Its a good one to save,my fav actually.
Member Since: July 3, 2005 Posts: 428 Comments: 129841
1672. Patrap
Who Dats Vs Eli and the Giants,NOON here.

Go Boyz ..
Member Since: July 3, 2005 Posts: 428 Comments: 129841
1671. Patrap
Member Since: July 3, 2005 Posts: 428 Comments: 129841
1670. jipmg
Quoting CybrTeddy:
Rick's down to 175 mph, not 170.


this site says 170
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Quoting Patrap:
All Floater Imagery,NOAA

Thanks Pat for this page... I bookmarked it.... and go Saints!!!!!!
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1668. Patrap
RICK,Multiplatform Satellite Surface Wind Analysis
Member Since: July 3, 2005 Posts: 428 Comments: 129841
1667. ackee
Quoting Drakoen:
Interesting 00z ECMWF continuing to be consistent in developing a strong tropical cyclone. The front will begin to interact with the tropical wave and potentially kick things off. With the MJO forecasted, low vertical wind shear, and the most reliable model's consistency I am in anticipation of a tropical storm developing mid to late next week.
agree
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1666. Drakoen
Broad low level circulation:

Member Since: October 28, 2006 Posts: 57 Comments: 30825
1665. Patrap
All Floater Imagery,NOAA
Member Since: July 3, 2005 Posts: 428 Comments: 129841
Quoting 954FtLCane:
\
Falling apart I see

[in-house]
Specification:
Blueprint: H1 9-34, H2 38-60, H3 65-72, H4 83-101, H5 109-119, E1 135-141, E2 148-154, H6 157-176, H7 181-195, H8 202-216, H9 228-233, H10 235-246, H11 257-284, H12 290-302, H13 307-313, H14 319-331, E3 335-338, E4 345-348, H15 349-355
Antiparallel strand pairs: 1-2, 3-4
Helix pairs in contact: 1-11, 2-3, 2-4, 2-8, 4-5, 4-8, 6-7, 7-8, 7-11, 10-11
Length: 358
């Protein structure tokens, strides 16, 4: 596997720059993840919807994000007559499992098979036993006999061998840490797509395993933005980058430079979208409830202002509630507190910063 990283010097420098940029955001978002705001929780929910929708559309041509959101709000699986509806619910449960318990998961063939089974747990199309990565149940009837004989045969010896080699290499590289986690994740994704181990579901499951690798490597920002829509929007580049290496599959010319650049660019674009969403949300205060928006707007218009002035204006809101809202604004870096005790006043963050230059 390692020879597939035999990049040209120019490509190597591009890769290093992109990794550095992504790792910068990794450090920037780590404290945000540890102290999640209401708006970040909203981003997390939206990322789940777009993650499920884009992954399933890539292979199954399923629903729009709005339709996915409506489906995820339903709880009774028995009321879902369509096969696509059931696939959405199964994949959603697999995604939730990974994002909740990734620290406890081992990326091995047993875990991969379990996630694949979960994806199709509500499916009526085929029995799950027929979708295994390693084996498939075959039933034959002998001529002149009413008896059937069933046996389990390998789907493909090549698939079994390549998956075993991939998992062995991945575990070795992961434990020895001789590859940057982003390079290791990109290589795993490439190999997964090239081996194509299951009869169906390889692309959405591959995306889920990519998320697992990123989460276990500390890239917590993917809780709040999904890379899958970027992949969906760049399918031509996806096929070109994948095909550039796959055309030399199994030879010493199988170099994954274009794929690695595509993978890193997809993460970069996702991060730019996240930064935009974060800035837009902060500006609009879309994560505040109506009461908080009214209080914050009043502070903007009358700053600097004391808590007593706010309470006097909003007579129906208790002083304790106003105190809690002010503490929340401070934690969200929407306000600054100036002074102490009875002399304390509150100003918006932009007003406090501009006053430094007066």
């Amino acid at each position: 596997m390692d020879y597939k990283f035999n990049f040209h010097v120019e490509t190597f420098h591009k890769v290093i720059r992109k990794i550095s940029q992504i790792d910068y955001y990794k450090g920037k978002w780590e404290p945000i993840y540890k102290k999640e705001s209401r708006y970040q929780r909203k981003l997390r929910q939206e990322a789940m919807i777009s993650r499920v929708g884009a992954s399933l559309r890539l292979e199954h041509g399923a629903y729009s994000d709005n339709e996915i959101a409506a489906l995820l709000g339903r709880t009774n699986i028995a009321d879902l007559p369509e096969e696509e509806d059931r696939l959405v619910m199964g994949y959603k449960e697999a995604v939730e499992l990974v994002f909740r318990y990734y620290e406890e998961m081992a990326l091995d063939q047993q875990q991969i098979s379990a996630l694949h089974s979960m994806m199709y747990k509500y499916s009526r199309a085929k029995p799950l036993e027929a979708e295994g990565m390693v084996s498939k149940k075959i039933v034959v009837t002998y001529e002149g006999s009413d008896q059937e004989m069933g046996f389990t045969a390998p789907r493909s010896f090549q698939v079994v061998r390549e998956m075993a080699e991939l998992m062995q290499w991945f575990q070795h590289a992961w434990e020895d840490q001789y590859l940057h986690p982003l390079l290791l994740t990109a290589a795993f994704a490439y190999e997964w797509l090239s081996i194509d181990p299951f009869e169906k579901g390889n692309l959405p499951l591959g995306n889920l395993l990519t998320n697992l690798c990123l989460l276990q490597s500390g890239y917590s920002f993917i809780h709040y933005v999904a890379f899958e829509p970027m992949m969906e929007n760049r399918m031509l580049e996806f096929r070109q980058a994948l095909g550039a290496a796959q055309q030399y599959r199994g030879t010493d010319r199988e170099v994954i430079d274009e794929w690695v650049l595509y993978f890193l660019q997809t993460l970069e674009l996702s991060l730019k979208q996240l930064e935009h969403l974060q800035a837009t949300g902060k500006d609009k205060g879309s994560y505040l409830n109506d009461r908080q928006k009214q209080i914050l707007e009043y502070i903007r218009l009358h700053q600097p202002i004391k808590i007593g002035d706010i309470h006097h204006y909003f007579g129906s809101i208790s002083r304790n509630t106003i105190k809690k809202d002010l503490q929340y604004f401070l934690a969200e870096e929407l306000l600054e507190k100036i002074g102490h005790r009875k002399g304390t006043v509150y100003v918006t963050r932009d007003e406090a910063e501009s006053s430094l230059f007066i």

Probably just an EWRC
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1663. Patrap
History is what it iz sport.
Pass the Juice,Please.
Member Since: July 3, 2005 Posts: 428 Comments: 129841
1662. Patrap
Hurricane Rick in the Viz.

Member Since: July 3, 2005 Posts: 428 Comments: 129841
Rick's down to 175 mph, not 170.
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Quoting Patrap:
If I had a nickel for every time I heard "Wilma" in association with anything,..well..I'd be up to me Knee's in Nickels.



If I had a nickel for every time I heard "KATRINA" in association with anything,..well..I'd be up to me Knee's in Nickels.

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1659. Patrap
Another nickel in da Piggy,..LOL
Member Since: July 3, 2005 Posts: 428 Comments: 129841
Quoting Patrap:
If I had a nickel for every time I heard "Wilma" in association with anything,..well..I'd be up to me Knee's in Nickels.



WILMA
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1657. Patrap